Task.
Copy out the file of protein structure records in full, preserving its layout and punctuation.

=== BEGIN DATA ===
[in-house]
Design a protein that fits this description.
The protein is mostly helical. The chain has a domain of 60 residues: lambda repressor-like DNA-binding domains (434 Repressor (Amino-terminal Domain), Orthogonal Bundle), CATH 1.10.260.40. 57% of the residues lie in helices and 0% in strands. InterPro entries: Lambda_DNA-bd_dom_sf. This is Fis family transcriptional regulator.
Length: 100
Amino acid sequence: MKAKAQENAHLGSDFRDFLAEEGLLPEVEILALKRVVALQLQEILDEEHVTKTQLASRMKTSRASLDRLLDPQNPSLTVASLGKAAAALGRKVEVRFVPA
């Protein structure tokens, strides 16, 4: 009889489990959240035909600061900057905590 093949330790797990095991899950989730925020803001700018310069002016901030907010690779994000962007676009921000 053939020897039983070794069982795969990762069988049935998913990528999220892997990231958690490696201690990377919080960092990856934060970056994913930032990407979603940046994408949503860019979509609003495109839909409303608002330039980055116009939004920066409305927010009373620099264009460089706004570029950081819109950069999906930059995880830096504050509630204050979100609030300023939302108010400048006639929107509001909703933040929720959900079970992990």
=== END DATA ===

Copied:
[in-house]
Design a protein that fits this description.
The protein is mostly helical. The chain has a domain of 60 residues: lambda repressor-like DNA-binding domains (434 Repressor (Amino-terminal Domain), Orthogonal Bundle), CATH 1.10.260.40. 57% of the residues lie in helices and 0% in strands. InterPro entries: Lambda_DNA-bd_dom_sf. This is Fis family transcriptional regulator.
Length: 100
Amino acid sequence: MKAKAQENAHLGSDFRDFLAEEGLLPEVEILALKRVVALQLQEILDEEHVTKTQLASRMKTSRASLDRLLDPQNPSLTVASLGKAAAALGRKVEVRFVPA
């Protein structure tokens, strides 16, 4: 009889489990959240035909600061900057905590 093949330790797990095991899950989730925020803001700018310069002016901030907010690779994000962007676009921000 053939020897039983070794069982795969990762069988049935998913990528999220892997990231958690490696201690990377919080960092990856934060970056994913930032990407979603940046994408949503860019979509609003495109839909409303608002330039980055116009939004920066409305927010009373620099264009460089706004570029950081819109950069999906930059995880830096504050509630204050979100609030300023939302108010400048006639929107509001909703933040929720959900079970992990």